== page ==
What is the iPhone image file format? When I work with the files that are on the phone I see some that are in jpg and png format. I understand the difference between the file formats. I’m just curiuous about when the iPhone creates which.
One of the features of the new iPhone 3 OS that I discovered quite by accident is the ability to “undo” typing. Just give the phone a quick shake when you’ve typed something you don’t want. The “Undo Typing” dialog will slide onto the screen.
If you happen to shake the phone when there is nothing to undo then the “Nothing to Undo” dialog will slide onto the screen.
This handy feature isn’t available everywhere in the phone. For example, the keypad used for actually dialing telephone numbers does not support undo.
I discovered a feature of the iPhone accidentally today. When a text message fails to send the iPhone helfully displays a warning sign next to the text message.
Clicking the exclamation icon brings up a handy dialog to ask if I want to send it again.
I don’t recall having seen this feature before, so it might be new with the iPhone 3 OS release.
The recent launch of the iPhone 3.0 OS was the smoothest of all of the major updates that I’ve had (read about those adventures here and here). When I saw the prompt below, an enormous sense of dread swept over me.
I had no problems this time. So, I figured I’d highlight some of the things that I find interesting.
Apple added the ability to record voice memos. I was a little bit peeved that they forced it on to the main screen, however, as they kicked one of my applications off to do it.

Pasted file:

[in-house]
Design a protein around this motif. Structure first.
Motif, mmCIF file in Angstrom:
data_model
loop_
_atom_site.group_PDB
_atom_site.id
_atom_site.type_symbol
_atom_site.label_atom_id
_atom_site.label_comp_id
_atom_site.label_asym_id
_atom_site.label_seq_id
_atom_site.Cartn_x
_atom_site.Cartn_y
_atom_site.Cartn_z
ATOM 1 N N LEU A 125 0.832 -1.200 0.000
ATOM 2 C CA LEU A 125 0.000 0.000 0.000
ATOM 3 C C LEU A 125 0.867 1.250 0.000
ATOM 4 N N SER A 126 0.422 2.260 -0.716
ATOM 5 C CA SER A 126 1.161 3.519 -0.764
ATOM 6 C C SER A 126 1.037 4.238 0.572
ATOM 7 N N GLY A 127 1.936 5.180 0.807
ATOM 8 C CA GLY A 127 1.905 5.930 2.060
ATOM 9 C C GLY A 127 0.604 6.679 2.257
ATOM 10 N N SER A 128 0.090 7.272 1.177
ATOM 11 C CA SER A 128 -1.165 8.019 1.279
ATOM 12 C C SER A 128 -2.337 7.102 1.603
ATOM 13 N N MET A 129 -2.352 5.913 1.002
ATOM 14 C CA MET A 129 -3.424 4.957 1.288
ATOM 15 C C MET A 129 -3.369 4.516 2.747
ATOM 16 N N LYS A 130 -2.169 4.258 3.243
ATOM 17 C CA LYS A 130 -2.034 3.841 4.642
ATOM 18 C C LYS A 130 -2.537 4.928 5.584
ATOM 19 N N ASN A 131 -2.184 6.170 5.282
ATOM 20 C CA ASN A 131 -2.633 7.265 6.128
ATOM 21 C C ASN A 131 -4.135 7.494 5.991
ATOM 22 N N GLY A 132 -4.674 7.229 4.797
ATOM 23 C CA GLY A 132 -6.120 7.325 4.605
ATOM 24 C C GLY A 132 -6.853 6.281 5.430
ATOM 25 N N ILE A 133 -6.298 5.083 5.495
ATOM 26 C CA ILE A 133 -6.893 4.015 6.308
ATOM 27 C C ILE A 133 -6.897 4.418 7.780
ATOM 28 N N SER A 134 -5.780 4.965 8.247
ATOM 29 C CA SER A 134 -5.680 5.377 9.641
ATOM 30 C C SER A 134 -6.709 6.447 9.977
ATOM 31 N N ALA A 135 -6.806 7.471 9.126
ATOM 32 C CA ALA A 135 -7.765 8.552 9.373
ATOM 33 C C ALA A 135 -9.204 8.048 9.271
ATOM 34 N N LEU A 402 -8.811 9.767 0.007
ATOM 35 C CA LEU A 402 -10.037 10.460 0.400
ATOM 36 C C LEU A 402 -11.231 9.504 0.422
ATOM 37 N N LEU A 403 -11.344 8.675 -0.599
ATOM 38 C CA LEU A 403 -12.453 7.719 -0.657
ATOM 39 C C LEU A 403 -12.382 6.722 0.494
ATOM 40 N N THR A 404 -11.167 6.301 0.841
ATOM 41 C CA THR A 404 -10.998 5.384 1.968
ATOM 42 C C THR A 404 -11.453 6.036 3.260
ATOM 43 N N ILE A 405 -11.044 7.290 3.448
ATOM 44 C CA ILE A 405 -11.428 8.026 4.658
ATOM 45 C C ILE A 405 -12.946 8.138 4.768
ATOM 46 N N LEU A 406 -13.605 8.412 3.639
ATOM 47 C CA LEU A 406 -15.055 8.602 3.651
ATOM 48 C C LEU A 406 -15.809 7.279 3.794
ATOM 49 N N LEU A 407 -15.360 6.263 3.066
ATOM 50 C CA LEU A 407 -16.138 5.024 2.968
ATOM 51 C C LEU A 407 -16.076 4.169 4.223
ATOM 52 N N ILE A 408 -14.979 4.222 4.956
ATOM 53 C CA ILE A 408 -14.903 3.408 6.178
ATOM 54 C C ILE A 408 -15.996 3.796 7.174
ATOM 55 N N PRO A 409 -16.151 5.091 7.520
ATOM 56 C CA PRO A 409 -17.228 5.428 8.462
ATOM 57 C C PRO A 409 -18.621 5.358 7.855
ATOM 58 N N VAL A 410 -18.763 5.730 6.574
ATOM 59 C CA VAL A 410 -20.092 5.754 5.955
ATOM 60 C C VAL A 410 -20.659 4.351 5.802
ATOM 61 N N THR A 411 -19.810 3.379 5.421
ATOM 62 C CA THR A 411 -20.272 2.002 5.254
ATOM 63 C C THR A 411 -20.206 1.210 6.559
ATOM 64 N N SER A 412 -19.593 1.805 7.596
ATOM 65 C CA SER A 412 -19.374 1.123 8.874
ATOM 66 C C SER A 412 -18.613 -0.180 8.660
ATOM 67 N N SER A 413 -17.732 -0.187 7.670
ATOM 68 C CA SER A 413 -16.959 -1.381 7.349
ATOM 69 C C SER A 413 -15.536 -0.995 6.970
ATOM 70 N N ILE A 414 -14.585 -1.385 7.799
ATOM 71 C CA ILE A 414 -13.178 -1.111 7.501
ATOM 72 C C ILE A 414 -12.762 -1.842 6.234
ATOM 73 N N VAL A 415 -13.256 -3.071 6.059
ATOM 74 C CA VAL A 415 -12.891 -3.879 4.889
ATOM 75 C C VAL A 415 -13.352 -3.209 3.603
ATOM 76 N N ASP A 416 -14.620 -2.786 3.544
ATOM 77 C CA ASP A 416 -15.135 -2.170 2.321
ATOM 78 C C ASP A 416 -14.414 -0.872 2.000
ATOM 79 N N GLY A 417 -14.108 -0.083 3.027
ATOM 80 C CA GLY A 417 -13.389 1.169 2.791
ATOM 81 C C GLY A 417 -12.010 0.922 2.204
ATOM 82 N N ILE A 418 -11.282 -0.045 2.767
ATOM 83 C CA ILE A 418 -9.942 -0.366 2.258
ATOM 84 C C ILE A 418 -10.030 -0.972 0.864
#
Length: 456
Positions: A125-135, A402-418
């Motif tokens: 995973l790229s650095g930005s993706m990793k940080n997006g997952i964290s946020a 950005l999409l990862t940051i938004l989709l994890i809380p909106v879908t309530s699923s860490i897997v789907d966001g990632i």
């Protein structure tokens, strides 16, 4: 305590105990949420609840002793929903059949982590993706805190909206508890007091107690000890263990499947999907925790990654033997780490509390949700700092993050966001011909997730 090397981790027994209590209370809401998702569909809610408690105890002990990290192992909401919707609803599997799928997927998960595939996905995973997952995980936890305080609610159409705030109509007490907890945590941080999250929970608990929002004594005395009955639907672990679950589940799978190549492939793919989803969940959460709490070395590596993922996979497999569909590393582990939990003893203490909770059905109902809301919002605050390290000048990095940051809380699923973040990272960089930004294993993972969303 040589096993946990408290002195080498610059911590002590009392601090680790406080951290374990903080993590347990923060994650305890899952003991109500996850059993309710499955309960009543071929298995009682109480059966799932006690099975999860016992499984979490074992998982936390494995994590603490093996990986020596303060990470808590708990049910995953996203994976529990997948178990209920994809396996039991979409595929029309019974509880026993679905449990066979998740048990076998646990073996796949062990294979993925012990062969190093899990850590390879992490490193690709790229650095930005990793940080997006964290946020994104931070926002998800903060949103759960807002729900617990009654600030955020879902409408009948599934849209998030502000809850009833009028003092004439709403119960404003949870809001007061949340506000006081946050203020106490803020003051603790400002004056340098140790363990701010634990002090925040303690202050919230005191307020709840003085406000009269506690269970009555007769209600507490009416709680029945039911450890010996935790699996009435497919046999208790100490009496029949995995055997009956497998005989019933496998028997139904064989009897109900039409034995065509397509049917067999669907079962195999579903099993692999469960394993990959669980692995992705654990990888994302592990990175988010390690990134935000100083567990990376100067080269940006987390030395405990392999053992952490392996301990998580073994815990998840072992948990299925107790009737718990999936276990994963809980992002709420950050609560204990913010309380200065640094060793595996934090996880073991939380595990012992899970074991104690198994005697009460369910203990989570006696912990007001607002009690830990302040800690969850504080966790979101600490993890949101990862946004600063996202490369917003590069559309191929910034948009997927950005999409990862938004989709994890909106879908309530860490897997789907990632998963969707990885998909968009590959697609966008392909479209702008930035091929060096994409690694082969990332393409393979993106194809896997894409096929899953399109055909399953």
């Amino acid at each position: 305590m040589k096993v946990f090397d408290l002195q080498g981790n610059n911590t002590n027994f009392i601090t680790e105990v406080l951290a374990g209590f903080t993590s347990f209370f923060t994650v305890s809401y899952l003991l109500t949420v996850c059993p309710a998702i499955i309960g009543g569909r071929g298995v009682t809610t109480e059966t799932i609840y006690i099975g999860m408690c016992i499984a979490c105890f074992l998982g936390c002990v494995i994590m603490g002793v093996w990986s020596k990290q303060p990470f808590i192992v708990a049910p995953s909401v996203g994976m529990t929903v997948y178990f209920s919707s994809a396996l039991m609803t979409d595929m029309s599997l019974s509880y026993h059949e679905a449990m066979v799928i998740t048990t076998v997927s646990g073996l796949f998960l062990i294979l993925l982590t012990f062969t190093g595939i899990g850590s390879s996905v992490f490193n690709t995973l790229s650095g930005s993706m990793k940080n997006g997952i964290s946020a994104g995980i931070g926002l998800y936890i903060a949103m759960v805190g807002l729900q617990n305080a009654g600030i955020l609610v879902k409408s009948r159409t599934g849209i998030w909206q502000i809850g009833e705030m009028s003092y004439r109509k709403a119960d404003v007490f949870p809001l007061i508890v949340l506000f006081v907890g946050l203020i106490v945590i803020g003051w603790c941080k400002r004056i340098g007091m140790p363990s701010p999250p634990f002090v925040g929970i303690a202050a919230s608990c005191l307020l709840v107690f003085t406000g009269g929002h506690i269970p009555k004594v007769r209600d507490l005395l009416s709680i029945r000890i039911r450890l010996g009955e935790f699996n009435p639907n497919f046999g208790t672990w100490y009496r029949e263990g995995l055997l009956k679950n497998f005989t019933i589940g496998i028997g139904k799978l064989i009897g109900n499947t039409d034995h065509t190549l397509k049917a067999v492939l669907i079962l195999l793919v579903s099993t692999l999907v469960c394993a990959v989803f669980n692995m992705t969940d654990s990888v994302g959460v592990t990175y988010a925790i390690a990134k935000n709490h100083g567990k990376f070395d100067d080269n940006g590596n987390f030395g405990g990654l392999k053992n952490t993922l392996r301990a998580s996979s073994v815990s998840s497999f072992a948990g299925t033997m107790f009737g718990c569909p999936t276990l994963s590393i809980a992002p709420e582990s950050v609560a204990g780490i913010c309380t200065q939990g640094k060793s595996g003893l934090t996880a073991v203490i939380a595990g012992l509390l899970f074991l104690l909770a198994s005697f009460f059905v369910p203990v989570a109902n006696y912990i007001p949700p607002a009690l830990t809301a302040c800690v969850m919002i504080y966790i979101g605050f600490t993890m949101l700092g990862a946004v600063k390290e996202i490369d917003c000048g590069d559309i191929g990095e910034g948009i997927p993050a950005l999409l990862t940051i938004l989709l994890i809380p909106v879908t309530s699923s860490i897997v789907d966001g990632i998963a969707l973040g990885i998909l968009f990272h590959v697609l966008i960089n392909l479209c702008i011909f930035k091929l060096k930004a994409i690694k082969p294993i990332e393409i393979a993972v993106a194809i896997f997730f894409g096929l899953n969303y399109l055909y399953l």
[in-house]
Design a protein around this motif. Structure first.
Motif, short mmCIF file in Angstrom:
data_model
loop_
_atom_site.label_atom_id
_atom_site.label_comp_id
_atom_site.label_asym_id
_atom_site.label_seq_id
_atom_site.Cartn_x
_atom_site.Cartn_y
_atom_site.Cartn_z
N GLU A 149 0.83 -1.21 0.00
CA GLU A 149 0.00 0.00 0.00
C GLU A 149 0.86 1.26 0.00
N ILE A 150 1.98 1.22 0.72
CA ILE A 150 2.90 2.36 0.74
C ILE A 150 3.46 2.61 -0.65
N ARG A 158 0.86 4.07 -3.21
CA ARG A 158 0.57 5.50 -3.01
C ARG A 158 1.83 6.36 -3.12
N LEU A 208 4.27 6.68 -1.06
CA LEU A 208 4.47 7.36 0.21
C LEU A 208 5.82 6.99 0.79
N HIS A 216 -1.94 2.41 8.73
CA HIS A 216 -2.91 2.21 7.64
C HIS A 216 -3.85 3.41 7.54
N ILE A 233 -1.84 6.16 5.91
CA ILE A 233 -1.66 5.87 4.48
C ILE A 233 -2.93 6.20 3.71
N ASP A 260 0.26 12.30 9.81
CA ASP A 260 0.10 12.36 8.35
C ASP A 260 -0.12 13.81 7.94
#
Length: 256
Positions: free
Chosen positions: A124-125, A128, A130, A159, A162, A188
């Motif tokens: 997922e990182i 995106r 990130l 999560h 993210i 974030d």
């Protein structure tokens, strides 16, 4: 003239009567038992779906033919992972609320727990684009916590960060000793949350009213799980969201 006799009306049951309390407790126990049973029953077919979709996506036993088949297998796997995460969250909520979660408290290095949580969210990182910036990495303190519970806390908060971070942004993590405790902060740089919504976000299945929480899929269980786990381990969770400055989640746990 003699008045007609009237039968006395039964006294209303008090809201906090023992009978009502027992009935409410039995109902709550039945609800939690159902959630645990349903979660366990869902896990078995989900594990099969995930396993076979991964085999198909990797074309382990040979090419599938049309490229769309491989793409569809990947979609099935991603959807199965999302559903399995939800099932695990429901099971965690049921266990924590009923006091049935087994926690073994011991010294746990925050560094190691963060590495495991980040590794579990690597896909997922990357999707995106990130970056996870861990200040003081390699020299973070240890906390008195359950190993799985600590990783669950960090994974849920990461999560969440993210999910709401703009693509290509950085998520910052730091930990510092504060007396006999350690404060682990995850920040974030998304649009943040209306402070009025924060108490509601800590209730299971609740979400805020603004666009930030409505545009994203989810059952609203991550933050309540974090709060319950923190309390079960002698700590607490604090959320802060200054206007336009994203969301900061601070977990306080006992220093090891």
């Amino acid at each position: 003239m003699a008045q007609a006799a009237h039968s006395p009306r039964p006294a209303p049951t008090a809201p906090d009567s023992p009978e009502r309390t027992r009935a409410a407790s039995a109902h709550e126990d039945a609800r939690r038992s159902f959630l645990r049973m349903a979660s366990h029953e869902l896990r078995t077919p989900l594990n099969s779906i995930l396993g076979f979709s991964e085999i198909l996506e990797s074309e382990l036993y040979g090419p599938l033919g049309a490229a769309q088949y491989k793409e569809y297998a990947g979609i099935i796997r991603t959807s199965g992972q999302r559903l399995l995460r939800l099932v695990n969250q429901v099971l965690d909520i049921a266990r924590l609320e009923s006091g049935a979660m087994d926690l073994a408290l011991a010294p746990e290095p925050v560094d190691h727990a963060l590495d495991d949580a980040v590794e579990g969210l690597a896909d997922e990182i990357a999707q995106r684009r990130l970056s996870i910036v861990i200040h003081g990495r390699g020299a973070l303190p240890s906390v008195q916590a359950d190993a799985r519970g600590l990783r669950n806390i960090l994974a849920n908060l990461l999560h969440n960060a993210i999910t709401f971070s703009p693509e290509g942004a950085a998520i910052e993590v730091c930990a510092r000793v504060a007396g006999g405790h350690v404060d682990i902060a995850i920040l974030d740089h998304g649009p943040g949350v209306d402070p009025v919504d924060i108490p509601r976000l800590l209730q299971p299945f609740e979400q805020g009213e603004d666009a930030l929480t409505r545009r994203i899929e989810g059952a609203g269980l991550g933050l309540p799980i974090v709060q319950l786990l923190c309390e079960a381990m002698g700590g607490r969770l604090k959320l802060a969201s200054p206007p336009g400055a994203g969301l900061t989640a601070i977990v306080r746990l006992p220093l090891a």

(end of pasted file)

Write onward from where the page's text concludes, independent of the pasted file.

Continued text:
One of the long-awaited features is the ability to search the iPhone.
Apple made one minor improvement in text messaging. They changed the progress bar from an overlay that covered the entire screen to a little bar in the top of the screen. This has the effect of allowing you to continue with composing your next message while one is sending. That is particularly useful when you are trying to have a quick-witted conversation.
As an added bonus, you can now turn your iPhone sideways to send test messages.
I’m not sure how useful of a feature that actually as you don’t really get to see much of the conversation. Of course, the text bubble could have all been placed on one line. The keys are bigger, so it may help those who have difficulty hitting the correct one.
This is a test posting from my iPhone using the WordPress iPhone application. This posting was much simpler than the original test post using the phone’s Safari browser.
Apparently there are scenarios where the Apple iPhone thinks that the headphones are plugged in. For example here.
The solution is, as mentioned in many places, to repeatedly plug in and remove the jack. This will convince the phone that the headphones are not plugged in. Be sure to have the iPod playing something so you can hear when the phone resets itself.
It would be nice if Apple would determine what the source of the problem is and issue a patch that resolves it.